Trade Post: Godland Celestial Edition One

Written by Joe Casey, drawn by Tom Scioli
Collects Godland #1-12, The Image Holiday Special
It’s been a week or so since I finished reading the first 12 issues of Godland and I’m still not quite sure how I feel about the book. I want to love this book about Adam Archer, an astronaut who was granted powers by some aliens on a planet he was exploring and now, several years later he’s playing superhero. I want to love it because I really dig Joe Casey both as a writer and as a personality in the comics industry, plus, I want to support any non-big two superhero comic because I think they’re generally allowed to be more innovative. But, I was left kind of flat after reading this book.

The concept is great. Not only does Archer have powers, but he’s got three sisters who act as his support system. Well, one of them seems to hate him because she was supposed to be next in line for the space program which got shut down after her bro’s accident. The problem is that, with the exception of that sister, the other two are really one note and boring. You’ve got the brainy one and the one who fancies herself an anarchist. That’s about all they’ve got going for them which is too bad because there’s a lot of potential for interesting dynamics right there which, for all I know, really take center stage in later volumes, I’m not sure. Archer himself doesn’t really do much for me as a character either. He’s a true hero, but he spends a good deal of time bitching about how a fellow hero named Crashman is beloved while he is feared. It’s a realistic complaint to have, but when you’re starting off a brand new series and introducing the reader to new characters they don’t know anything about, it seems like a strange characteristic to focus on.

More than characters, though, I had trouble getting a grasp on the world itself. Is this a world that had superheroes before Archer or not? At first I figured he was the first, but then he’s got a villain named Basil Cronus who has a head floating in a jar which at the very least implies fantasy or sci-fi elements to the story. There’s also Discordia, a supervillain whose father Tormentor went underground several years prior. This is a tough complaint for me because, on one hand, I don’t want to read a textbook explaining the world to me, however, these kinds of questions begin to nag after a while which takes me out of the story. Again, it’s possible these elements get nailed down in a later volume, but it bugs me that after reading a year’s worth of stories, I’m this confused about the book.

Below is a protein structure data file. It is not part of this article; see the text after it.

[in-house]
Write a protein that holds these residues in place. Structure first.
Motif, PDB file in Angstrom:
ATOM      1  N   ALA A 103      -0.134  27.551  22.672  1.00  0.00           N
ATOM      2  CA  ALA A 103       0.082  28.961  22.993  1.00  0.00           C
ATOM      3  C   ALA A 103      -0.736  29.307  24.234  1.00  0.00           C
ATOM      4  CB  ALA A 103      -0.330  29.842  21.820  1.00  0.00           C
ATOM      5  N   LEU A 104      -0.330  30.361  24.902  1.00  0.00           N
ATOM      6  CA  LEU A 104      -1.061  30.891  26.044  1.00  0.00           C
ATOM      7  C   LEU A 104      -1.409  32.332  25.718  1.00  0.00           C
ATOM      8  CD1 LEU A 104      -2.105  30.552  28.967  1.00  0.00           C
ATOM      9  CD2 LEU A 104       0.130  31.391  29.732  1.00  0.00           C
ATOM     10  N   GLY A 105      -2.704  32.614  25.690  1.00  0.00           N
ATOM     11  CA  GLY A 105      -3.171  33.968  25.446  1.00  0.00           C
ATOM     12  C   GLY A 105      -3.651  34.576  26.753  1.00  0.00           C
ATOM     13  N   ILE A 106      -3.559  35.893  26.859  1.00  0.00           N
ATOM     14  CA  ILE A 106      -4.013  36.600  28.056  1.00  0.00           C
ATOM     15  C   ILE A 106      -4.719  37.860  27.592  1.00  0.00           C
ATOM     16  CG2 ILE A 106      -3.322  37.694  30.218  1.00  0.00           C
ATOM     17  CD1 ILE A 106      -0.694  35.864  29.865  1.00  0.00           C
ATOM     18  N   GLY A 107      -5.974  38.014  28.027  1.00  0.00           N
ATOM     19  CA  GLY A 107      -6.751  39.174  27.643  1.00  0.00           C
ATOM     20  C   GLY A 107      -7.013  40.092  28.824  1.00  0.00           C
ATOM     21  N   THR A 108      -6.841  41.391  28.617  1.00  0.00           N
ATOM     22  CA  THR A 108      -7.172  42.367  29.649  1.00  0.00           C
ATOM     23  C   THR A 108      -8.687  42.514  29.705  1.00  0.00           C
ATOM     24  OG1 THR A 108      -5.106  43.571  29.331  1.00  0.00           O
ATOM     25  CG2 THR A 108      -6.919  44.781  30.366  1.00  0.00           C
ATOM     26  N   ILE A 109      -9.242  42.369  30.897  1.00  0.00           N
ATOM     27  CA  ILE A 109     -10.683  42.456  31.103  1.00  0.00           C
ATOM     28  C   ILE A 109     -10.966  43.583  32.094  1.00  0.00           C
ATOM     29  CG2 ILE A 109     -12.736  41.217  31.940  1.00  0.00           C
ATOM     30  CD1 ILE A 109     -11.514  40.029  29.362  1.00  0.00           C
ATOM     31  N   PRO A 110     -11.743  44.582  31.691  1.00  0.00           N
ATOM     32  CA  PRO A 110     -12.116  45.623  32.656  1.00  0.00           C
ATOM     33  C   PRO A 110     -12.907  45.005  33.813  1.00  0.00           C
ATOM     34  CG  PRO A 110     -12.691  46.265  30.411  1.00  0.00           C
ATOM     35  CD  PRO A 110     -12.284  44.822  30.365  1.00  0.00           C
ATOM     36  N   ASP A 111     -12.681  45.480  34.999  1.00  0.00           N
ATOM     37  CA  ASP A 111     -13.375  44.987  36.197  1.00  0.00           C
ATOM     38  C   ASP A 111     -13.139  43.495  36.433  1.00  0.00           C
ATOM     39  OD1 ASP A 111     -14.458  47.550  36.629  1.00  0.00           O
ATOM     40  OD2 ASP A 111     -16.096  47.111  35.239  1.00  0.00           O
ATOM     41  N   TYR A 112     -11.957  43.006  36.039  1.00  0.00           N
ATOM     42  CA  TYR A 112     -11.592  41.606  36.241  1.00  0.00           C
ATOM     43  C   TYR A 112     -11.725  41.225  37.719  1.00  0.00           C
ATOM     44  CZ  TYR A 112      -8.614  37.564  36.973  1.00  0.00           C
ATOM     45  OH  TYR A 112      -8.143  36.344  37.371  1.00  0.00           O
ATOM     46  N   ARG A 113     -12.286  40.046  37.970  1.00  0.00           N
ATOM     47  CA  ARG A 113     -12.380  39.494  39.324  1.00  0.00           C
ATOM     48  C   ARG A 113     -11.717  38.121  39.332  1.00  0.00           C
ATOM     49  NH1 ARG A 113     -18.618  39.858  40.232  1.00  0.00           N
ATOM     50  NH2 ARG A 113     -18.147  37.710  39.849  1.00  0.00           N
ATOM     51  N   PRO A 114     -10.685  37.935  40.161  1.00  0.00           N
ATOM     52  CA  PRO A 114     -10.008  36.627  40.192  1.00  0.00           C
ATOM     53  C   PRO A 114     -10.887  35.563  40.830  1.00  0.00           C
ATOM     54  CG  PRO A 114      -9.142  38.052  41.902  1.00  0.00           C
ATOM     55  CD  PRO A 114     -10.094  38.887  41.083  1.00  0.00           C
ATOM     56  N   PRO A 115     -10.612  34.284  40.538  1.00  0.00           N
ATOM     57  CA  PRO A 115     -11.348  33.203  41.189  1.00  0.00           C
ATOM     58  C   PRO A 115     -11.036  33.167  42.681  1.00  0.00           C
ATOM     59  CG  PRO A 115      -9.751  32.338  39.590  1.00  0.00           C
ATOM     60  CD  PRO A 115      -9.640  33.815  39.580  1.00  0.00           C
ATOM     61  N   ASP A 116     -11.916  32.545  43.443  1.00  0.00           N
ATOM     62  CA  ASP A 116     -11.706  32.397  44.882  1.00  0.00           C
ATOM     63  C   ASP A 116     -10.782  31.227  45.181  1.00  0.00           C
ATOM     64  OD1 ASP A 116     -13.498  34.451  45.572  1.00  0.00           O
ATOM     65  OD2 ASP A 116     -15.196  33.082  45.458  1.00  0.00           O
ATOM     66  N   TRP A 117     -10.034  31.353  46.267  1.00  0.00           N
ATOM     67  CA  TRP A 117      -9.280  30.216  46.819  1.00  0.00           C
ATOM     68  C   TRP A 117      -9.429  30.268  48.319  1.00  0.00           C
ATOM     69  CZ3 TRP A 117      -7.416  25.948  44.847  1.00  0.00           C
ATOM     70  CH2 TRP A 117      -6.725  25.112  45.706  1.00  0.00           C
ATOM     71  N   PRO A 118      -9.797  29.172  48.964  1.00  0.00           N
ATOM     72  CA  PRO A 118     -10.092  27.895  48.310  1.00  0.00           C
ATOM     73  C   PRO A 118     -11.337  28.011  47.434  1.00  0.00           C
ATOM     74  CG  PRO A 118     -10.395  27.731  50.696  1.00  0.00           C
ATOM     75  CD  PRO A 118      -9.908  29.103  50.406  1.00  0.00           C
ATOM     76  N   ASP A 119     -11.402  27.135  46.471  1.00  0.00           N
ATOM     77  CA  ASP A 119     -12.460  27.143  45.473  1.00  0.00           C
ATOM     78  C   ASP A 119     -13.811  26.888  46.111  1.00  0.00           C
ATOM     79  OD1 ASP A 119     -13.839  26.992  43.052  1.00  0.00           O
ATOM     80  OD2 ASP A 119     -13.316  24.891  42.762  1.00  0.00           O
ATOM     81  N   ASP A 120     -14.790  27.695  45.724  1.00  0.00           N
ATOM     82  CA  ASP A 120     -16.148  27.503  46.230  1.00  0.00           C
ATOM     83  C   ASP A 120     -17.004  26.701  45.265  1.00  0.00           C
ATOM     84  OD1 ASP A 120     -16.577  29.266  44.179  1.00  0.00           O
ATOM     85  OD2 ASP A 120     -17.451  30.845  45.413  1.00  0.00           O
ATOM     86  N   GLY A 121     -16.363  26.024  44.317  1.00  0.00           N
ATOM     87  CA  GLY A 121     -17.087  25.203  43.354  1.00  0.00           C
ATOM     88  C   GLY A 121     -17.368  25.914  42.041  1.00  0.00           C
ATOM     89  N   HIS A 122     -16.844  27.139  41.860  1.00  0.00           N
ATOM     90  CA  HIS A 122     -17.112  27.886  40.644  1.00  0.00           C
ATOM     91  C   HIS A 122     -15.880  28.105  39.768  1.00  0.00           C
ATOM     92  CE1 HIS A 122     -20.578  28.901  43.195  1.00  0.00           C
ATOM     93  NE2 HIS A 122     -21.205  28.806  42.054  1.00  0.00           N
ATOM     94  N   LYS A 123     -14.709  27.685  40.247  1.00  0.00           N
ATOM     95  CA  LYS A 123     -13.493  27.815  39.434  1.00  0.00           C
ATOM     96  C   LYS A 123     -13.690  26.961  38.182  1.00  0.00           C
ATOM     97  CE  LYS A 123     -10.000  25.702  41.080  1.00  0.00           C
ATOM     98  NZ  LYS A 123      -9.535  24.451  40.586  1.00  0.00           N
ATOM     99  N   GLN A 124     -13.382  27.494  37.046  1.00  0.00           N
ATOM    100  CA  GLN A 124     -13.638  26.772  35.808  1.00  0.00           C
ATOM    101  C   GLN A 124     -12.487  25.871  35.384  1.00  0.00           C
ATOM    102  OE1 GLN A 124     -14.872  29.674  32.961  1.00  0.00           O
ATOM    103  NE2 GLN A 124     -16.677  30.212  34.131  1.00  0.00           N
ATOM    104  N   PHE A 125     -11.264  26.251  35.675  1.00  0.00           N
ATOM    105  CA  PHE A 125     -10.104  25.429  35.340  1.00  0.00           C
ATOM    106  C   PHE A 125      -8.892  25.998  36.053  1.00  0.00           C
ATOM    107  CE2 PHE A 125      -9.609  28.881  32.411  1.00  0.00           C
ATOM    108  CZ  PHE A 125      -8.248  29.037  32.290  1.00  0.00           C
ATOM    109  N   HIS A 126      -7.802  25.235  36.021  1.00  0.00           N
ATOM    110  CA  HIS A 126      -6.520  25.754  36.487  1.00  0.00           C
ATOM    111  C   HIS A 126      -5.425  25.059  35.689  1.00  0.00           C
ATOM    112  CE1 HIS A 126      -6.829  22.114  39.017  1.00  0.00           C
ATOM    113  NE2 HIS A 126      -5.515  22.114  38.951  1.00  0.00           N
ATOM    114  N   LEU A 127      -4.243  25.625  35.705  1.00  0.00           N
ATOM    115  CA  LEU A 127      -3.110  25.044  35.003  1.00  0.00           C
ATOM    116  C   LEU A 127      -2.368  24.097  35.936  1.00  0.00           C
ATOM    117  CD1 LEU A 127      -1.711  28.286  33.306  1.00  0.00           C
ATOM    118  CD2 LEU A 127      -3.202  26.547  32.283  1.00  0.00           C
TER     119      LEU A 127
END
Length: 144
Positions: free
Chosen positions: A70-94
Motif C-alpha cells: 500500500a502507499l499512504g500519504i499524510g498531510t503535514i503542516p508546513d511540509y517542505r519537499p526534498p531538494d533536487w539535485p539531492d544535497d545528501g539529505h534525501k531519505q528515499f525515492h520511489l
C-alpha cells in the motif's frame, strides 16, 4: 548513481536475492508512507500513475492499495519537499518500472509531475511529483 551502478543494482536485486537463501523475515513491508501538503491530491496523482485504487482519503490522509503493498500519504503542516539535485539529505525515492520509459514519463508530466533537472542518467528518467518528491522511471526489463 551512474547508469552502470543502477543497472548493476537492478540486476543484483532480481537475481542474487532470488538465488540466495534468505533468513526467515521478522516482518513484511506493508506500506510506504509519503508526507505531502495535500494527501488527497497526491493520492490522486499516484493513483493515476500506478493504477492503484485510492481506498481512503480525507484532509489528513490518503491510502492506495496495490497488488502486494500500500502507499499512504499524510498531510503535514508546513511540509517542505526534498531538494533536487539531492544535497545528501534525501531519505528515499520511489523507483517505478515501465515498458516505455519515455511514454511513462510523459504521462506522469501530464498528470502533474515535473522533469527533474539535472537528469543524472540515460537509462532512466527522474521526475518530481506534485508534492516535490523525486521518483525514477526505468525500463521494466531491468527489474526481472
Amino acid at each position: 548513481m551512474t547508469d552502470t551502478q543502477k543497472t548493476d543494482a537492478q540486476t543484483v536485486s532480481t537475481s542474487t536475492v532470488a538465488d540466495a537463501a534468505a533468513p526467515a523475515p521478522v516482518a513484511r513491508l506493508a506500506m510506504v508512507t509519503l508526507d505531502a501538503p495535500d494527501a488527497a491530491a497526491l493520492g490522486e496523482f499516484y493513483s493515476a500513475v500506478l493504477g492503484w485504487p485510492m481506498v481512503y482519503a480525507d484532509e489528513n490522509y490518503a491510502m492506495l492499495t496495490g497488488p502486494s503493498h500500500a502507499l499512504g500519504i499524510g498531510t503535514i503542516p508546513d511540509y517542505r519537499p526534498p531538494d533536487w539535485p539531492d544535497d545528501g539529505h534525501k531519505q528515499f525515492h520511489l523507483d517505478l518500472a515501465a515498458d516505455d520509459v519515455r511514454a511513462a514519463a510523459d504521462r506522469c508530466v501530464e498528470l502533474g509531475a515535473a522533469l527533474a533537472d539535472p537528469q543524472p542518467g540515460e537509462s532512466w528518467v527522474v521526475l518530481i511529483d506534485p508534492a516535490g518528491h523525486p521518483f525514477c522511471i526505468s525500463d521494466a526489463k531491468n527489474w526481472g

My internal confusion spreads to Tom Scioli’s art as well, not that it’s confusing in a stylistic or storytelling regard, but that my personal reaction to it is confusing. As you know if you’ve ever seen an issue of Godland, the visuals are heavily influenced by the great Jack Kirby. I’ve become a really big Kirby fan over the past few years, so on one hand it’s cool to see what his art style might have looked like had he made it to the days of really great digital coloring and other modern artistic methods. On the other hand, I don’t know if I like someone aping another artist’s look to exactly. Some other artists who have been heavily influenced by Kirby like, say, Erik Larsen, at least add their own spin on the King’s style to make it unique to them, but Scioli’s art just looks like Kirby.

Like I said, I’m conflicted about this comic. I like the idea and parts of the execution, but was left flat by some of the characters (a complaint I had in my early readings of Kirby’s solo DC work now that I think about it). Perhaps Casey and Scioli are mirroring Kirby’s style TOO much. Anyway, I liked where Casey seemed to be going with the book enough to try and get my hands on the next Celestial Edition volume (this one is packed with extras, an intro by Grant Morrison and a full cover gallery), but I’m not as excited about the concept of doing so as I hoped I’d be.

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